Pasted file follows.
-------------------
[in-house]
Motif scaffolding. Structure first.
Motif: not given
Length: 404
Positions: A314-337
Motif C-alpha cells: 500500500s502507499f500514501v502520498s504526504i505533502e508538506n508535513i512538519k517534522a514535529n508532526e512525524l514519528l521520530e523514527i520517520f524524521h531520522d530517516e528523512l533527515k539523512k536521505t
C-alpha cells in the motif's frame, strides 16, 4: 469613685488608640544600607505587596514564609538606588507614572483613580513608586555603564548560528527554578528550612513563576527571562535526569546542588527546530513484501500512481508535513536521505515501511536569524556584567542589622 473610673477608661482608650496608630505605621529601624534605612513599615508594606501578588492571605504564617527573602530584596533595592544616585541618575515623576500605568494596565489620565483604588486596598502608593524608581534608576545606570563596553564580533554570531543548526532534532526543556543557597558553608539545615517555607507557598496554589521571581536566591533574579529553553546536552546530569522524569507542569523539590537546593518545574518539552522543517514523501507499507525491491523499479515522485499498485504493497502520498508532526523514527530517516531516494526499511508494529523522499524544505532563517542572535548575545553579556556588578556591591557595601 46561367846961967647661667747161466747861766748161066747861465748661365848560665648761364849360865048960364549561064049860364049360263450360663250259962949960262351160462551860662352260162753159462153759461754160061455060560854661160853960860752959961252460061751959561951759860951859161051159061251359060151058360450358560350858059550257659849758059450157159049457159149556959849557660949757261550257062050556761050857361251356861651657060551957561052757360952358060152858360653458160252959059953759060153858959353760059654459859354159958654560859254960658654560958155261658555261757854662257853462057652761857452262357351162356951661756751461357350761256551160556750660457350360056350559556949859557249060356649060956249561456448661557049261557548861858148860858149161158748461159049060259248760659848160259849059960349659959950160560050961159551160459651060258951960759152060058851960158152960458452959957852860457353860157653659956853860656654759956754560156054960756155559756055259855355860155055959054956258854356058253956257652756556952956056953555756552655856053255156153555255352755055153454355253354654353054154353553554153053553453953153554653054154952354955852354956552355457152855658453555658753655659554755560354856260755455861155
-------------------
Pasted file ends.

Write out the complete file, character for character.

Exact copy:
[in-house]
Motif scaffolding. Structure first.
Motif: not given
Length: 404
Positions: A314-337
Motif C-alpha cells: 500500500s502507499f500514501v502520498s504526504i505533502e508538506n508535513i512538519k517534522a514535529n508532526e512525524l514519528l521520530e523514527i520517520f524524521h531520522d530517516e528523512l533527515k539523512k536521505t
C-alpha cells in the motif's frame, strides 16, 4: 469613685488608640544600607505587596514564609538606588507614572483613580513608586555603564548560528527554578528550612513563576527571562535526569546542588527546530513484501500512481508535513536521505515501511536569524556584567542589622 473610673477608661482608650496608630505605621529601624534605612513599615508594606501578588492571605504564617527573602530584596533595592544616585541618575515623576500605568494596565489620565483604588486596598502608593524608581534608576545606570563596553564580533554570531543548526532534532526543556543557597558553608539545615517555607507557598496554589521571581536566591533574579529553553546536552546530569522524569507542569523539590537546593518545574518539552522543517514523501507499507525491491523499479515522485499498485504493497502520498508532526523514527530517516531516494526499511508494529523522499524544505532563517542572535548575545553579556556588578556591591557595601 46561367846961967647661667747161466747861766748161066747861465748661365848560665648761364849360865048960364549561064049860364049360263450360663250259962949960262351160462551860662352260162753159462153759461754160061455060560854661160853960860752959961252460061751959561951759860951859161051159061251359060151058360450358560350858059550257659849758059450157159049457159149556959849557660949757261550257062050556761050857361251356861651657060551957561052757360952358060152858360653458160252959059953759060153858959353760059654459859354159958654560859254960658654560958155261658555261757854662257853462057652761857452262357351162356951661756751461357350761256551160556750660457350360056350559556949859557249060356649060956249561456448661557049261557548861858148860858149161158748461159049060259248760659848160259849059960349659959950160560050961159551160459651060258951960759152060058851960158152960458452959957852860457353860157653659956853860656654759956754560156054960756155559756055259855355860155055959054956258854356058253956257652756556952956056953555756552655856053255156153555255352755055153454355253354654353054154353553554153053553453953153554653054154952354955852354956552355457152855658453555658753655659554755560354856260755455861155